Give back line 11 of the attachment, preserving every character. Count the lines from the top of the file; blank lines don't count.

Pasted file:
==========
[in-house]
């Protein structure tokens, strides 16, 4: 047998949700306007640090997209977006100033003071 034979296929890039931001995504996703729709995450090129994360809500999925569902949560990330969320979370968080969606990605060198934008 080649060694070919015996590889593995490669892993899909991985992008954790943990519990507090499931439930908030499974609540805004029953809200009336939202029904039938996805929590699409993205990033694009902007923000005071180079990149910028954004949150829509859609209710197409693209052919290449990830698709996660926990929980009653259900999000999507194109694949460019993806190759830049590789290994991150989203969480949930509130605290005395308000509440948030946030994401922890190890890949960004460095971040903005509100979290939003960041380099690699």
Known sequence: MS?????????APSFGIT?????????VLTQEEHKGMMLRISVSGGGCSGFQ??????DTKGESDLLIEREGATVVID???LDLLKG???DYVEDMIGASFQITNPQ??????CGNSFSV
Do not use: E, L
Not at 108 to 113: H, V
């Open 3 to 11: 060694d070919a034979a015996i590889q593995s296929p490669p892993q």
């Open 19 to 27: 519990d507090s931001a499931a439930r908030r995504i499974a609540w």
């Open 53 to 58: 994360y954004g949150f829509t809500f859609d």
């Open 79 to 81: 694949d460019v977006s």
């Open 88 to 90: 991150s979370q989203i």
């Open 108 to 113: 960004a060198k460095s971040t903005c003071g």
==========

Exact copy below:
């Open 108 to 113: 960004a060198k460095s971040t903005c003071g």